Would I be asserting my manliness if I commented that I didn't particularly fall for the cult smash that is High School Musical? Or would I just look like a grumpy sourpuss? Don't answer that. Whatever your opinion, I was a little underwhelmed with this tuneful teenage love story and its cast of perfect hair and white teeth. After all the hype, I was prepared for something phenomenal. Instead I got something a little part charming, a little part cliché, and a whole lot of cheese. The problem is that the songs, as well done and slick as they are, just aren't musical classics. I just don't understand why people like it so. In fact, I commented as much to a friend, who replied that maybe it was because I hadn't grown up with it. Maybe it can't leave a mark on me in the way it will in the minds of today's impressionable kids. I'm still not convinced, though. How can this be a patch on Grease or Bugsy Malone or even Little Shop of Horrors, tell me that?
My name's not Jonathan Ross, though, so to the game instead. If you're of the generation who can't get enough ohmigosh!, here's a treat for you: all the songs from the first and second movies and a handful of extra pop from artists you've never heard of on one sing-a-long-a-disc. Ohmigosh! Despite selling with Singstar mics, this is a PS2 karaoke game that wasn't built by Sony. In other words, it doesn't have Singstar's sleek interface or modes, opting instead for its own solution. That also means a few amateur niggles like not being able to save in Story Mode (i.e. singing through the songs as they appear in the film), or having to click through the menu options twice in order to properly select a song or singer.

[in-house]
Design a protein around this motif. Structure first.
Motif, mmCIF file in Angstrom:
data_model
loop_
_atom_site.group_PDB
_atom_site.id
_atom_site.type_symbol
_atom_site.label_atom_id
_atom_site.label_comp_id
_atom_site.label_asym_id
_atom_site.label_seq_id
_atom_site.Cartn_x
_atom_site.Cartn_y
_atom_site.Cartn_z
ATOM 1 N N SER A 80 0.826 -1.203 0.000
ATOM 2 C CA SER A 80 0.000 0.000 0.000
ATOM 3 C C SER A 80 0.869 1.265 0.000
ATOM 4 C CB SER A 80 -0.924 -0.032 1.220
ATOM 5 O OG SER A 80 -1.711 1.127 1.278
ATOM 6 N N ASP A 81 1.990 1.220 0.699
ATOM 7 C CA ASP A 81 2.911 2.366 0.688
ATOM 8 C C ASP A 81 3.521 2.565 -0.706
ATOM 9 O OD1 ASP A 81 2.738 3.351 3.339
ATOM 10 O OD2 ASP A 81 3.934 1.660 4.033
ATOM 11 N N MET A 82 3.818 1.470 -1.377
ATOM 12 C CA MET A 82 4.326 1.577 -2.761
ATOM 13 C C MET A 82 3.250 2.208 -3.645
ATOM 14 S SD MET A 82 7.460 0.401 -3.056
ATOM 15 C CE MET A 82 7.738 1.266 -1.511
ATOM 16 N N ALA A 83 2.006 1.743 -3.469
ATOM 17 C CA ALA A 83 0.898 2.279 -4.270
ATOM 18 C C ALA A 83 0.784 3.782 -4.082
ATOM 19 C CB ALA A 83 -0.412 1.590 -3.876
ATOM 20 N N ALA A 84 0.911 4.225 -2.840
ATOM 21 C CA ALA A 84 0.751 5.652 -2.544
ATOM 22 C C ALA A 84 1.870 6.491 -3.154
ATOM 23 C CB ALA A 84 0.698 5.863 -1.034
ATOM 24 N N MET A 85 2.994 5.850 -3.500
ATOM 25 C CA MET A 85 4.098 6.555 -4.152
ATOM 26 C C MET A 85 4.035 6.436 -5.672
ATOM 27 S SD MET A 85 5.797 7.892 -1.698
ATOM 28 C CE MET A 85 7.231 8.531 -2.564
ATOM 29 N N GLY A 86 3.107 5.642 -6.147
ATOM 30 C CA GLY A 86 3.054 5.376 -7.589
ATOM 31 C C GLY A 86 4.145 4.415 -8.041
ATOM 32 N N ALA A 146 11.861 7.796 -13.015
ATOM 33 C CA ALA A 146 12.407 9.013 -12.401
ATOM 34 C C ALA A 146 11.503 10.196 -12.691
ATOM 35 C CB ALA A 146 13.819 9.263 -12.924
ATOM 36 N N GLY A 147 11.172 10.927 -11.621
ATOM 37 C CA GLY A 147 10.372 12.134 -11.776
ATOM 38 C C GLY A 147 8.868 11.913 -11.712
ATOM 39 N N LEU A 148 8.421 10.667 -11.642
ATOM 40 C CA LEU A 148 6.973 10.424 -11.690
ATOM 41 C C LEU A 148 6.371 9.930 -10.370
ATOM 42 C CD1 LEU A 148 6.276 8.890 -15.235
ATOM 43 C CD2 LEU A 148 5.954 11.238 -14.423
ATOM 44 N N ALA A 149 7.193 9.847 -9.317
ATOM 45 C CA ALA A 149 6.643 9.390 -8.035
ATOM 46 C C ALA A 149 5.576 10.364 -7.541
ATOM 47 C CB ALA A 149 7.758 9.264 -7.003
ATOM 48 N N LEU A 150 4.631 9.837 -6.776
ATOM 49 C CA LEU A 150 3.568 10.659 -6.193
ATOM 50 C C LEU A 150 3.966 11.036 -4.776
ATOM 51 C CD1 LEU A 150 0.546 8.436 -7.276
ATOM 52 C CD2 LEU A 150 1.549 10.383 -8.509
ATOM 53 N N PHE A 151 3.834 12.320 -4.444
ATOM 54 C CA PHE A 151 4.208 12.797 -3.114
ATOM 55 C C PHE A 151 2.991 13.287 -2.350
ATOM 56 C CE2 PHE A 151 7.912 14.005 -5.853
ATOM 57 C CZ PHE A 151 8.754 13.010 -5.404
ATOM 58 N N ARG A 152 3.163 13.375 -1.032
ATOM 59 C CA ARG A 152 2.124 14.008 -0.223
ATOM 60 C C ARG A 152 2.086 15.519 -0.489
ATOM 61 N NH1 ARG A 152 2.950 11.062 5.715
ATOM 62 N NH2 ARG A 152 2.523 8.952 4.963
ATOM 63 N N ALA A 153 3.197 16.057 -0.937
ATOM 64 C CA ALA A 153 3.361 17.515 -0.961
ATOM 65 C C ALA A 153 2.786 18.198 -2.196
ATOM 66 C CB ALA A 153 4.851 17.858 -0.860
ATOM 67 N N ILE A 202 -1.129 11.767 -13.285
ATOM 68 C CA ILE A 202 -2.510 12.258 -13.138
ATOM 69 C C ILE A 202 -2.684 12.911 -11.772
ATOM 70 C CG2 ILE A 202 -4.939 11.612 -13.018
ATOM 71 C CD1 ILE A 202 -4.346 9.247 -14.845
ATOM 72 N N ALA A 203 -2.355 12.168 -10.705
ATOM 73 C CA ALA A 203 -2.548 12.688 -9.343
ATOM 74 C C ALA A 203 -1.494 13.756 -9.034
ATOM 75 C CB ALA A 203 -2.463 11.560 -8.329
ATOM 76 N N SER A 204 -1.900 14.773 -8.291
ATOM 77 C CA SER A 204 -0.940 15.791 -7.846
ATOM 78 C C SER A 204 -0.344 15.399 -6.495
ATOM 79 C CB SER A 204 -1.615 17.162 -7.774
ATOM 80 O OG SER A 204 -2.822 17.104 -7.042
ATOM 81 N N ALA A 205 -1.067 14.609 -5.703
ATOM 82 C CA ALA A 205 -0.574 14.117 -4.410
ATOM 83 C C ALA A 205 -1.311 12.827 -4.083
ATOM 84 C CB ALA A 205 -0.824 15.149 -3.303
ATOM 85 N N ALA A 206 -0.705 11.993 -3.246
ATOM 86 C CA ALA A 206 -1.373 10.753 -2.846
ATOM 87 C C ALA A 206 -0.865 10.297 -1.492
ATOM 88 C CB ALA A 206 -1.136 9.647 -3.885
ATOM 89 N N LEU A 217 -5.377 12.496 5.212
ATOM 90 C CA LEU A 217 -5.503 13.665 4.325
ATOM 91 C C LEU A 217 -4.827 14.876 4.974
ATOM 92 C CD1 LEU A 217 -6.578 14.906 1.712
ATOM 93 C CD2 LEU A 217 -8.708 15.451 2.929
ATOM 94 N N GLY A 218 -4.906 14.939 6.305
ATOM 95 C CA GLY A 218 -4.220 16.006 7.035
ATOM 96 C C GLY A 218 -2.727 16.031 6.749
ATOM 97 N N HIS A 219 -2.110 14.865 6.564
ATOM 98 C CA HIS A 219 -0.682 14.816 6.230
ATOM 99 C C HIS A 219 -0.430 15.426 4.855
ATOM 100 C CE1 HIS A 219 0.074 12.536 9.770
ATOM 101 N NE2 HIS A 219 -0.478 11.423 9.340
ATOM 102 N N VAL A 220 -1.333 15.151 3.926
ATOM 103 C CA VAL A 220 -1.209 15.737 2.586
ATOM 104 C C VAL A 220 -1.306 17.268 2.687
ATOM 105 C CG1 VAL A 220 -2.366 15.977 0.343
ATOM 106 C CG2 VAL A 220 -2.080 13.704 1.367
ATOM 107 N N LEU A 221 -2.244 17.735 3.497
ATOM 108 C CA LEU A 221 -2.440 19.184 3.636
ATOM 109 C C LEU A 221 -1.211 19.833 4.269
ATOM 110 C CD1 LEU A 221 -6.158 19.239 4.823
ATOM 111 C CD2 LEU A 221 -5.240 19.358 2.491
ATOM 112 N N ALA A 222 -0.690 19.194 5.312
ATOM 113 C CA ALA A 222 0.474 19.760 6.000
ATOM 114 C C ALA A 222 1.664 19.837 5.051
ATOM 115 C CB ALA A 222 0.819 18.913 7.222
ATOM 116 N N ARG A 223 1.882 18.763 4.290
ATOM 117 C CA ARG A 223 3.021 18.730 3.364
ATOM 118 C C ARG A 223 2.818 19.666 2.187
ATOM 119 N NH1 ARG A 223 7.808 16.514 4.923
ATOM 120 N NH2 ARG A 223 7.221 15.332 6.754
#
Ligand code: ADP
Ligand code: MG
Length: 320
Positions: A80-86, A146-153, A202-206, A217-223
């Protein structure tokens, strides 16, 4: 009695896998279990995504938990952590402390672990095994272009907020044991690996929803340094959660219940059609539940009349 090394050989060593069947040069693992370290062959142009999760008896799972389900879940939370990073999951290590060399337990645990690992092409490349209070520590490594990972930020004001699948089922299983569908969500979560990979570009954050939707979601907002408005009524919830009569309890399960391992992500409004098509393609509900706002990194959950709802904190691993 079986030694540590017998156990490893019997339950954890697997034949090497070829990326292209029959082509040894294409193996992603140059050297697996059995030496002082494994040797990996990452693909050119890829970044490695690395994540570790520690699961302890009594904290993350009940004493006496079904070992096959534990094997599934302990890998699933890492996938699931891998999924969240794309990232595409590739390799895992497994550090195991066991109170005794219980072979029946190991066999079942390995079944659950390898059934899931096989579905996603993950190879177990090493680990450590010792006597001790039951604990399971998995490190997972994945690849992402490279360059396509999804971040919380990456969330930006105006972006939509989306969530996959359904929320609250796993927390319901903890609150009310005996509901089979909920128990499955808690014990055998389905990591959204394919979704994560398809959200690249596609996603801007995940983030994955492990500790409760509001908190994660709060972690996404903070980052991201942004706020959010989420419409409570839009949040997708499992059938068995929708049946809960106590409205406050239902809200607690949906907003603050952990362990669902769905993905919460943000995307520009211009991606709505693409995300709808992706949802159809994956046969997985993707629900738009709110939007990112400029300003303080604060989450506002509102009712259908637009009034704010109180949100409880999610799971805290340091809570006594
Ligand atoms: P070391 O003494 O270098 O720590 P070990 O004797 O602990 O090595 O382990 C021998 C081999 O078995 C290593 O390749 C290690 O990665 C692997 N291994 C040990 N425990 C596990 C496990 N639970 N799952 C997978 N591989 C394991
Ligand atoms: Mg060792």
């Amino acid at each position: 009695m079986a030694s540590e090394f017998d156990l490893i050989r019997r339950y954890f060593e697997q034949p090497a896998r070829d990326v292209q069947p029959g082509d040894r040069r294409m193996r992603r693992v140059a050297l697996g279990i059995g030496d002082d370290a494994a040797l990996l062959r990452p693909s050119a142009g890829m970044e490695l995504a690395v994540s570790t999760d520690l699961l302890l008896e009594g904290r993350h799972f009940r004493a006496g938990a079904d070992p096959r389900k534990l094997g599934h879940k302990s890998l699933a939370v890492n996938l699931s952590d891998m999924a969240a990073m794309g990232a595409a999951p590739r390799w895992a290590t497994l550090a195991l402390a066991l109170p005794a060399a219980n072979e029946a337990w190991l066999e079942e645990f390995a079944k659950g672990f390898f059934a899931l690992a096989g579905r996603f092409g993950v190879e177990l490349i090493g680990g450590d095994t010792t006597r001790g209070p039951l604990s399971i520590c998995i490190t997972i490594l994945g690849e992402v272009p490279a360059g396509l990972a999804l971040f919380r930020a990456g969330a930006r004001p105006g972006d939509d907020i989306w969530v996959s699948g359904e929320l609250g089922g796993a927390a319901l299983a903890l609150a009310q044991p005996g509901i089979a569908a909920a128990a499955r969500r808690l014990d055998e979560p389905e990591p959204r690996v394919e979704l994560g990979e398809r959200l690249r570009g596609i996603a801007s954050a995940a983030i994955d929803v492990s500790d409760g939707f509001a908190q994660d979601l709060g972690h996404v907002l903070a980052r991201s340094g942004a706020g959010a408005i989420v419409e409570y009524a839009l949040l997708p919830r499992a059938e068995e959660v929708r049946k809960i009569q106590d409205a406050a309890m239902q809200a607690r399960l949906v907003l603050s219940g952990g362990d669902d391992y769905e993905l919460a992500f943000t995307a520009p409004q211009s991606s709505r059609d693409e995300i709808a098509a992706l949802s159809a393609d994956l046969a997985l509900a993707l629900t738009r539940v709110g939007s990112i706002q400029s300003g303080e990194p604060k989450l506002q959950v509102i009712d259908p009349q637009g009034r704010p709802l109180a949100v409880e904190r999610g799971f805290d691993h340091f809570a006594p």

One of the worst things, however, is the requirement to amass a cumulative high score throughout the game in order to unlock every last song and surrounding knick-knacks. Only the first movie's songs are available at the start, everything else involves singing away for access. While the good news for the tone deaf is that scoring appears to be more generous than Singstar, there's a lot of it to do to get everything unlocked, making it more of a chore than a challenge. It's a needless feature for a game that, for a party title, really should have had everything open from the beginning.
Videos of songs are gone too. Instead you pick an animated version of the movie's characters to perform in front of various backdrops of school. Each song is sung as a duet, usually split between male and female parts, but the game isn't gender fussy when it comes to who plays which role. Depending on whom you've chosen, boy or girl, this leads to amusing moments when the voice coming out of the singer's mouth doesn't always match the sex. Bizarre.